convince a non-specialist audience
The semantic web, the power of linked data… If you are versed in the issues of access to information, knowledge generation, circulation, exchange, and sharing of information, all of this makes you dream a little.
A triplestore, rdf, sparql, ontologies, URIs… If you are not a computer scientist, all this at best does not evoke anything, at worst is repulsive.
When we opened the , these two contradictory visions appeared to us. We looked at what was being done elsewhere: how do other institutions open up their metadata, what uses are planned and promoted, how do we convince a non-computer scientist public of the interest of this “new” way of searching for information?
In most cases, triplestores are just that: warehouses of triples. The user has access to a Sparql endpoint and the site editor hopes (fingers crossed?) that he/she will know how to use it or will find a competent person to do it for him/her.
This solution did not seem satisfactory to us. Easy and quick to set up, yes, but not satisfactory. Our objective is that our metadata can be used by as many people as possible, that is to say, mainly by researchers in the Humanities and Social Sciences, since this is the main part of our content. This public is not a computer scientist. We quickly came to the conclusion that we needed to coat our triplestore with a generous layer of mediation. Of pedagogy. Of popularization.
Several questions needed to be addressed.
- Who are we addressing?
- What can our metadata be used for?
- How can we get this public to appropriate this tool?
Who do we talk to?
We know the public of Persee, a survey was conducted a few years ago, it described a large (more than 30 million consultation sessions per year) and faithful public (35% of users related to research or documentation professionals say they use it more than once a week and another 35% at least once a month). Two-thirds of the visitors (66%) are research-related (students, master’s students, doctoral students, teachers). And 72% use the portal for academic or professional purposes. Overall, Perseus is used by researchers, students and enthusiasts.
The more specific audience for metadata is more researcher, but not more computer scientist. Nevertheless, some of these researchers may seek the services of computer scientists and computer scientists may also want to access our data. We must therefore take into consideration both these audiences, novice and expert.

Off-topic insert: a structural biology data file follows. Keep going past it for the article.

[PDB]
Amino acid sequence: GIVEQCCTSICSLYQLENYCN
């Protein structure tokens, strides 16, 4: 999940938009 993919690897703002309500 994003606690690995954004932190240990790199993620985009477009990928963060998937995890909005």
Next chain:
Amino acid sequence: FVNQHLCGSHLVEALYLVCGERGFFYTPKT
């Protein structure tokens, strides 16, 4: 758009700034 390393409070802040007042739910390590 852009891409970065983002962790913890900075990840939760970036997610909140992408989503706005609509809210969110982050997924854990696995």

What can our metadata be used for?
Uses are a real issue. We sensed that this mountain of information (30 million triples!) was a precious resource for research, but we needed researchers’ approaches to identify these uses.
We therefore met with a number of researchers who were already working with metadata to find out what they were looking for and what they were finding.
Several generalizable standard uses emerged. The constitution of a corpus, the statistical exploitation of numerical data, the exploration of a career, a school, a network, the constitution of a bibliography.
How to make this tool useful, usable and acceptable
The best for last…
How to get searchers who are used to search engines to do Sparql queries?
First idea: we’ll make a Sparql tutorial. A bit of theory, a few videos, a few example queries, it’ll work!
Hmm. In fact there are already many Sparql tutorials, moocs and online courses. It’s long, it’s technical, it’s not accessible if you don’t master a certain number of computer notions.
We were convinced that we should be able to find a way to query the graph through a “tree” system (which a graph is not, strictly speaking, we agree) or through drop-down menus. Fortunately, a kind soul mentioned the program of a teacher-researcher from Irisa, Sébastien Ferré, who proposes to generate Sparql queries via a graphical interface: Sparklis. This tool makes it possible to choose the type of entity and its properties from drop-down menus that adapt as the query is built. You can specify names, words, dates and then sort and group the query results. Sparklis is a complete solution in which the user can visualize the Sparql query that the program has generated, download the results as a spreadsheet and directly access the Google graph menus to create curves, histograms or other graphs from his data.
Sébastien Ferré was immediately very responsive and enthusiastic about letting us deploy his solution on our site, thank you to him!
A ladle of explanations, a spoonful of video, a pinch of tutorials
So we wrote theoretical and technical content, recorded tutorial videos and designed reusable example queries, all on Sparklis.
We added some explanations about the web of data, the history of our triplestore and how it was “made”, graphical representations of our data schemas, some visualization tools and a space for exchanges between users and between them and us, to help them in case of need.
It remained to organize all these contents, that was done during an ideation workshop. We decided to divide our pages into three menus: Explore, Understand and Share, always keeping the direct links to the graph exploration pages: Sparklis and Sparql endpoint.
Cécile Almonté, master Architecture de l’informatique – ENS de Lyon